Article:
Tony: As I have posted on this same subject, you know I have felt your pain...
I would suggest checking out the following possibilities;
1. Have you taken a good look at the new Olympus dye-sub printer... my local pro
supplier has one with sample prints they made from their shots and they look
good... and they are true continuous tone, not any kind of dot stuff...
2. The other alternative is to find a good pro or consumer lab which is using
either a Fuji Frontier or the new Noritsu digital printer to make 8x10's...
things will take your digital file or color neg and give you a real silver photo
print... The main trick would be to make sure you calibrate your output to their
I agree about the sep houses and art directors (most of those lazy ignorant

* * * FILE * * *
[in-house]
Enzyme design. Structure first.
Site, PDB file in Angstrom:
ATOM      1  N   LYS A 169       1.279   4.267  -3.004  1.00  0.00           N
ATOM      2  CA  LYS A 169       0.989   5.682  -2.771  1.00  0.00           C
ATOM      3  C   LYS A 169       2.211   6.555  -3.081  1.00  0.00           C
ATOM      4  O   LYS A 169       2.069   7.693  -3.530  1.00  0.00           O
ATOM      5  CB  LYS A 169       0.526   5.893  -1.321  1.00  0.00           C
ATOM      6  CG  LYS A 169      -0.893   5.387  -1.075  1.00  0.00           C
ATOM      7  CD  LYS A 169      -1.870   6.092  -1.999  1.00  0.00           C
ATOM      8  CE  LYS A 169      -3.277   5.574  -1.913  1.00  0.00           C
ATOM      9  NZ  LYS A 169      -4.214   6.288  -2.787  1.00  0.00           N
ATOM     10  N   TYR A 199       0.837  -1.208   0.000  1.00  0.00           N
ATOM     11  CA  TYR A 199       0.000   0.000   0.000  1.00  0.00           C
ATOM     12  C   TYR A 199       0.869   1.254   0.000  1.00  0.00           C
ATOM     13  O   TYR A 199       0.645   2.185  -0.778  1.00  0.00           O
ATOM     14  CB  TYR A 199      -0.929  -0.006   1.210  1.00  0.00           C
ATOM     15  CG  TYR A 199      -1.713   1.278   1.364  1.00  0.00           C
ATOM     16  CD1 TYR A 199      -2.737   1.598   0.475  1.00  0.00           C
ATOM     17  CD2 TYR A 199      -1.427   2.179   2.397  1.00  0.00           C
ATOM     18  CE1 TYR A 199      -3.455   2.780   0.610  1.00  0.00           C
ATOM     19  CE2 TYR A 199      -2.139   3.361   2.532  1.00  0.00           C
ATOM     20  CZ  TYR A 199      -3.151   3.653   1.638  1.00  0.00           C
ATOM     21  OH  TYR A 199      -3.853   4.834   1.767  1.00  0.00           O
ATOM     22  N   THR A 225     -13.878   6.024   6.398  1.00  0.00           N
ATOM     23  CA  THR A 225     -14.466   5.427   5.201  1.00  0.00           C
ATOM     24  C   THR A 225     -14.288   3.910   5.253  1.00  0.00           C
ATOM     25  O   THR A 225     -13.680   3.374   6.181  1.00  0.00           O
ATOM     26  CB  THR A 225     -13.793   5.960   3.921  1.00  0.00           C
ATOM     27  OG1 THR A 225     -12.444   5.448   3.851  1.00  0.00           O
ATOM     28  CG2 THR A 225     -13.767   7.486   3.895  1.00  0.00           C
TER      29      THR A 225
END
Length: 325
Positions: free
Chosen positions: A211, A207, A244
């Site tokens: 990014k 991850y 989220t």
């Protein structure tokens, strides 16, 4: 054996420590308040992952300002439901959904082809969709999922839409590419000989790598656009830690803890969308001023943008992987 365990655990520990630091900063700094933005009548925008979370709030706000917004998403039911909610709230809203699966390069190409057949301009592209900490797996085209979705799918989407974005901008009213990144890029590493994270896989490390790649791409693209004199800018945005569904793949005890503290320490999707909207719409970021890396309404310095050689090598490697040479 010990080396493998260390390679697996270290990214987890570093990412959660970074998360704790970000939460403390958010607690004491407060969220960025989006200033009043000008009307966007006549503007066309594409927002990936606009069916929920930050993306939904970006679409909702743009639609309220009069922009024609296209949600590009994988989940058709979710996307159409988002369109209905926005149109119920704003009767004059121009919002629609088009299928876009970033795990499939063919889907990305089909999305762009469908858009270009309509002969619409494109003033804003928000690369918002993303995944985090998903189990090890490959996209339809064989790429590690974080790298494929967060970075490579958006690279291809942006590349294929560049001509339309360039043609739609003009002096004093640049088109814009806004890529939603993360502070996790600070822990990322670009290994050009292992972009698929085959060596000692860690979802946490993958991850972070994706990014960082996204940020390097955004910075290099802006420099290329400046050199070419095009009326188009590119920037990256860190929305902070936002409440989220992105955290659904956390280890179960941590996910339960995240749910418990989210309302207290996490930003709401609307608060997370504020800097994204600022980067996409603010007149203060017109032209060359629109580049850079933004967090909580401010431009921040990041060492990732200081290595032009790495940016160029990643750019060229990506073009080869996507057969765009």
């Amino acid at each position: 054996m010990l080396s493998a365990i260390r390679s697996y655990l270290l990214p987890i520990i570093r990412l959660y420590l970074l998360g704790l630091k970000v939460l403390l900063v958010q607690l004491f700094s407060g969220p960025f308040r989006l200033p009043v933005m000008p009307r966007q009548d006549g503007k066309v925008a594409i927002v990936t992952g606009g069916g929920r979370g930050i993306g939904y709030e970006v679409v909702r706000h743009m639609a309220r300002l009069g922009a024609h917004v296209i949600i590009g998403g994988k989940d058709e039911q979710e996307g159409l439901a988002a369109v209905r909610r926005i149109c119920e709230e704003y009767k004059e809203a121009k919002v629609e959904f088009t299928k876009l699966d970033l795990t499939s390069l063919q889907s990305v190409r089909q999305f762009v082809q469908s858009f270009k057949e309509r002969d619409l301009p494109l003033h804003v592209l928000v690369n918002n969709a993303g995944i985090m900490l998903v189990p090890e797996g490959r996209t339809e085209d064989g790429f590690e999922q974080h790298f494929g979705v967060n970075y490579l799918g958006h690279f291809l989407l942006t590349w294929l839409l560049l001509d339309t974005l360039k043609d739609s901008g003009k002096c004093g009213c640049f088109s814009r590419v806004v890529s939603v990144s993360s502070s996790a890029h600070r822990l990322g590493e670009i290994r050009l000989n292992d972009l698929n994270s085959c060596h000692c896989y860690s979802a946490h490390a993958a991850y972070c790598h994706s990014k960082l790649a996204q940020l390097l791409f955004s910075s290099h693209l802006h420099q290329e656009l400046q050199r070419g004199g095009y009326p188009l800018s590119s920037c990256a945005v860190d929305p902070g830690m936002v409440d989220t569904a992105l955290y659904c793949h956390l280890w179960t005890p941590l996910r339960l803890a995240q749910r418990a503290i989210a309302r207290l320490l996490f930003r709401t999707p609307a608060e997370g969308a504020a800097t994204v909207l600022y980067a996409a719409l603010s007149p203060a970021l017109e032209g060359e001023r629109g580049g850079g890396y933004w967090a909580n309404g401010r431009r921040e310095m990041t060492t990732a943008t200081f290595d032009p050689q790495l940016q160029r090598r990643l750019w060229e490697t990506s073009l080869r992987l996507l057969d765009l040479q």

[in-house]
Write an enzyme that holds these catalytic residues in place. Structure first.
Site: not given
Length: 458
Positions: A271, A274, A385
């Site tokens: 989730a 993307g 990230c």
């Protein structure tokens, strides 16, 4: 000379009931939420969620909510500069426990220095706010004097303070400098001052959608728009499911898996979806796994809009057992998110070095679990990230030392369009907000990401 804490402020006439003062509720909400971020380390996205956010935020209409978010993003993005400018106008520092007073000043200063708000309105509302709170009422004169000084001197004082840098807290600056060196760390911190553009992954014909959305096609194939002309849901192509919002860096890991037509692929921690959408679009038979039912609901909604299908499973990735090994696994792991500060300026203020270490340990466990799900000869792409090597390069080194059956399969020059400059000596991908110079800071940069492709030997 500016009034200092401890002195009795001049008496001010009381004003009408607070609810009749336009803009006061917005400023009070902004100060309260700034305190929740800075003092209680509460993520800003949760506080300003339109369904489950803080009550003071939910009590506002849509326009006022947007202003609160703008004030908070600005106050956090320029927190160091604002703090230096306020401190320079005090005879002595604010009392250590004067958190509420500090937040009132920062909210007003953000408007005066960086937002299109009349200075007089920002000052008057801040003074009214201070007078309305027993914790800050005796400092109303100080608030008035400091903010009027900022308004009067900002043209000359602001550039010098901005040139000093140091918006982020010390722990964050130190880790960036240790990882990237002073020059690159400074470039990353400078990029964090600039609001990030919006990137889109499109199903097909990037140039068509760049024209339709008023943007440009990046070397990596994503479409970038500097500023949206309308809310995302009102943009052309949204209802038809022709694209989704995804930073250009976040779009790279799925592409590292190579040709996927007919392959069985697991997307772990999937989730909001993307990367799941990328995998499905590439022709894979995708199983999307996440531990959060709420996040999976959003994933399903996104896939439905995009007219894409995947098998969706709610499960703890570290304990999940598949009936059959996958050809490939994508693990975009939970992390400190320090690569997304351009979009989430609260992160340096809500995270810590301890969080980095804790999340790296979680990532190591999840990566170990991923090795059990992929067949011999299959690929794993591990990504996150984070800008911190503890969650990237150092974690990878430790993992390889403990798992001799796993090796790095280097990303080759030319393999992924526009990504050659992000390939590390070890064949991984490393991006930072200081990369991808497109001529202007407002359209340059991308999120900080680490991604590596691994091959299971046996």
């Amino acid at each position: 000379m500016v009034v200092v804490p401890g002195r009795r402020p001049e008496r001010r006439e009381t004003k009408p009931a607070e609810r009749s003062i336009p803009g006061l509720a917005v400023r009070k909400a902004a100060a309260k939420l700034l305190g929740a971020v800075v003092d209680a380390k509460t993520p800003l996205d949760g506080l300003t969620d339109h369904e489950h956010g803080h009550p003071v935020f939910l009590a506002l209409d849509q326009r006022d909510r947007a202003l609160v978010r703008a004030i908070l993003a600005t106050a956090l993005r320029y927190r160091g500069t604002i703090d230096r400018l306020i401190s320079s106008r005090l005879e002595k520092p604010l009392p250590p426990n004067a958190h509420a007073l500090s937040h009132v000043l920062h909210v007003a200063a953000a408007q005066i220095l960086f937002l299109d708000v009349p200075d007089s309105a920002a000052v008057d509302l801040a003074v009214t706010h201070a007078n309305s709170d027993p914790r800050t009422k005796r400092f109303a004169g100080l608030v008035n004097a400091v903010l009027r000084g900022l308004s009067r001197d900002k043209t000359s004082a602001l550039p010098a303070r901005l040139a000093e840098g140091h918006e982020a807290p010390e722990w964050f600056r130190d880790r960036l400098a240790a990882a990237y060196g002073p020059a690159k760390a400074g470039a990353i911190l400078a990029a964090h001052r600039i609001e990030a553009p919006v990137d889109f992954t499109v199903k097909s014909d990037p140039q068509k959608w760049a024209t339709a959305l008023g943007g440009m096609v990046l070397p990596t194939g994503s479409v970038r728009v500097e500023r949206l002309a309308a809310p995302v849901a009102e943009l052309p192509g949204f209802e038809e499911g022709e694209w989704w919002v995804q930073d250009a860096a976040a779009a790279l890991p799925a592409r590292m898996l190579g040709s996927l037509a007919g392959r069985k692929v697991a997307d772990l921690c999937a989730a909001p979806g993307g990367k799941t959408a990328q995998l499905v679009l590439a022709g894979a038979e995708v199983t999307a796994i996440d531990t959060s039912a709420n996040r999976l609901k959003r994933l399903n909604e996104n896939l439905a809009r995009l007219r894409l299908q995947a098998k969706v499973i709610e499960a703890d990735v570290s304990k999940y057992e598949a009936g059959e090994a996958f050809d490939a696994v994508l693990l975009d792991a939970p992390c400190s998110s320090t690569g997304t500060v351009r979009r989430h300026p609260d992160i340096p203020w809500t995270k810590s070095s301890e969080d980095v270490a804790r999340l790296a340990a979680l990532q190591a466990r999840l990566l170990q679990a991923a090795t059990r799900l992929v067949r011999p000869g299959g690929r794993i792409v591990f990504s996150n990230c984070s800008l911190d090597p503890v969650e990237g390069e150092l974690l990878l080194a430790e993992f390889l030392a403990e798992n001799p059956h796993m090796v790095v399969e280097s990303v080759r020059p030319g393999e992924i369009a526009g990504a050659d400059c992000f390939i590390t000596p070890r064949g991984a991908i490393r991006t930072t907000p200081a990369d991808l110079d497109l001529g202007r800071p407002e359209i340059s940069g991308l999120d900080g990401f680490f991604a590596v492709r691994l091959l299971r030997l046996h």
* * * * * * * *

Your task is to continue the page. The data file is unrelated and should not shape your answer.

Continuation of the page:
still want chromes cuz they like to look at 'em on a light box)... I am giving
clients scans along with prints right now so they can get used to the idea, but
tell 'em this is a temporary situation until I get my whole system debugged and
they can see how useful the scans on CD are... I may just work the scan price
my shooting time, or I may quote is an optional post production time charge... I
think it's just a matter of a year or so until most pubs and true pro A.D.'s get
Tony Sleep wrote:
> OK, here's a legitimate target for spite and bile, and it's decidedly ON
> I have said some very bad words in their direction already, as I just don't
> know what to do about this.
> My main use for scanning is so I can shoot col.neg. in uncontrolled
> then scan it and tart it up later on screen. This is an extension of what I
> have been doing with B&W in the darkroom for years.
> However I end up with a digital image. That is when the trouble starts,
> although the client(s) can cope, and the designers can cope, the goddam repro
> houses are stuck in 1985 and have no intention of changing to accomodate
> photographer-supplied scans which will rob them of their bread and butter.
> This last week I have had 2 separate disasters because of this.